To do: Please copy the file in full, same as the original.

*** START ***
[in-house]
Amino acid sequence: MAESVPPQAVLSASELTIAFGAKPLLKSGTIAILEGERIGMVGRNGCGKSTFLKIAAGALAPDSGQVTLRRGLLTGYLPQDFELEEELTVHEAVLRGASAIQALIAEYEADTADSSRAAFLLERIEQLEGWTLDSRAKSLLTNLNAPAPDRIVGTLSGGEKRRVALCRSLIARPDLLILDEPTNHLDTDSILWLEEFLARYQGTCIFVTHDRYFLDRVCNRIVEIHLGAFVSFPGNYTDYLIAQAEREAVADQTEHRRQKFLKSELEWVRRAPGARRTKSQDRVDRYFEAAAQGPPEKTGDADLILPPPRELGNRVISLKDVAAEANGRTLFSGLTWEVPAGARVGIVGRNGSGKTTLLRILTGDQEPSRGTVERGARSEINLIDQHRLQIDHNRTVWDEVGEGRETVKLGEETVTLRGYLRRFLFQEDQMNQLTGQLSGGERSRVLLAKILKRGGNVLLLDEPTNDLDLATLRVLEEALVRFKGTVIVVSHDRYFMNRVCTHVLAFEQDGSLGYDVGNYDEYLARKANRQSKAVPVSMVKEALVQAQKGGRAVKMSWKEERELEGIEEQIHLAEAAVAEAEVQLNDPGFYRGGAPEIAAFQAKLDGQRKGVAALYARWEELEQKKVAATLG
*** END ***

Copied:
[in-house]
Amino acid sequence: MAESVPPQAVLSASELTIAFGAKPLLKSGTIAILEGERIGMVGRNGCGKSTFLKIAAGALAPDSGQVTLRRGLLTGYLPQDFELEEELTVHEAVLRGASAIQALIAEYEADTADSSRAAFLLERIEQLEGWTLDSRAKSLLTNLNAPAPDRIVGTLSGGEKRRVALCRSLIARPDLLILDEPTNHLDTDSILWLEEFLARYQGTCIFVTHDRYFLDRVCNRIVEIHLGAFVSFPGNYTDYLIAQAEREAVADQTEHRRQKFLKSELEWVRRAPGARRTKSQDRVDRYFEAAAQGPPEKTGDADLILPPPRELGNRVISLKDVAAEANGRTLFSGLTWEVPAGARVGIVGRNGSGKTTLLRILTGDQEPSRGTVERGARSEINLIDQHRLQIDHNRTVWDEVGEGRETVKLGEETVTLRGYLRRFLFQEDQMNQLTGQLSGGERSRVLLAKILKRGGNVLLLDEPTNDLDLATLRVLEEALVRFKGTVIVVSHDRYFMNRVCTHVLAFEQDGSLGYDVGNYDEYLARKANRQSKAVPVSMVKEALVQAQKGGRAVKMSWKEERELEGIEEQIHLAEAAVAEAEVQLNDPGFYRGGAPEIAAFQAKLDGQRKGVAALYARWEELEQKKVAATLG